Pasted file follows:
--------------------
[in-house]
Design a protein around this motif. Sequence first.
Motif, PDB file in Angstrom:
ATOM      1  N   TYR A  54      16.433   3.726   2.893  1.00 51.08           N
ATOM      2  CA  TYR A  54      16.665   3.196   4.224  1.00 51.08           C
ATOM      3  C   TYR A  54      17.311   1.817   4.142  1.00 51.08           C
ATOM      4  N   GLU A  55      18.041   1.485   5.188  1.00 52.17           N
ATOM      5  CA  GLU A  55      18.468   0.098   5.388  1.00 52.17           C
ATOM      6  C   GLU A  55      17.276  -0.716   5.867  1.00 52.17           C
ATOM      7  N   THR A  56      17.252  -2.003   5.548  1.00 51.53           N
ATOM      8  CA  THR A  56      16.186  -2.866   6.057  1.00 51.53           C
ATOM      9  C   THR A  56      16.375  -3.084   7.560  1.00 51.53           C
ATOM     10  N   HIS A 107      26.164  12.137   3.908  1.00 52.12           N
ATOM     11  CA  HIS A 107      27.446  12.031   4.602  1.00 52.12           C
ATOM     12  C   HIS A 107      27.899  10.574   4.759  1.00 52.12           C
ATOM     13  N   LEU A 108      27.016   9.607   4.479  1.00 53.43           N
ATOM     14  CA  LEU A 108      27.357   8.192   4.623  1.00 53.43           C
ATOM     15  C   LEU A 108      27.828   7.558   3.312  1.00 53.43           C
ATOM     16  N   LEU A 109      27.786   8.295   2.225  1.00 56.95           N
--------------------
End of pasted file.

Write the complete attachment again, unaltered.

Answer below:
[in-house]
Design a protein around this motif. Sequence first.
Motif, PDB file in Angstrom:
ATOM      1  N   TYR A  54      16.433   3.726   2.893  1.00 51.08           N
ATOM      2  CA  TYR A  54      16.665   3.196   4.224  1.00 51.08           C
ATOM      3  C   TYR A  54      17.311   1.817   4.142  1.00 51.08           C
ATOM      4  N   GLU A  55      18.041   1.485   5.188  1.00 52.17           N
ATOM      5  CA  GLU A  55      18.468   0.098   5.388  1.00 52.17           C
ATOM      6  C   GLU A  55      17.276  -0.716   5.867  1.00 52.17           C
ATOM      7  N   THR A  56      17.252  -2.003   5.548  1.00 51.53           N
ATOM      8  CA  THR A  56      16.186  -2.866   6.057  1.00 51.53           C
ATOM      9  C   THR A  56      16.375  -3.084   7.560  1.00 51.53           C
ATOM     10  N   HIS A 107      26.164  12.137   3.908  1.00 52.12           N
ATOM     11  CA  HIS A 107      27.446  12.031   4.602  1.00 52.12           C
ATOM     12  C   HIS A 107      27.899  10.574   4.759  1.00 52.12           C
ATOM     13  N   LEU A 108      27.016   9.607   4.479  1.00 53.43           N
ATOM     14  CA  LEU A 108      27.357   8.192   4.623  1.00 53.43           C
ATOM     15  C   LEU A 108      27.828   7.558   3.312  1.00 53.43           C
ATOM     16  N   LEU A 109      27.786   8.295   2.225  1.00 56.95           N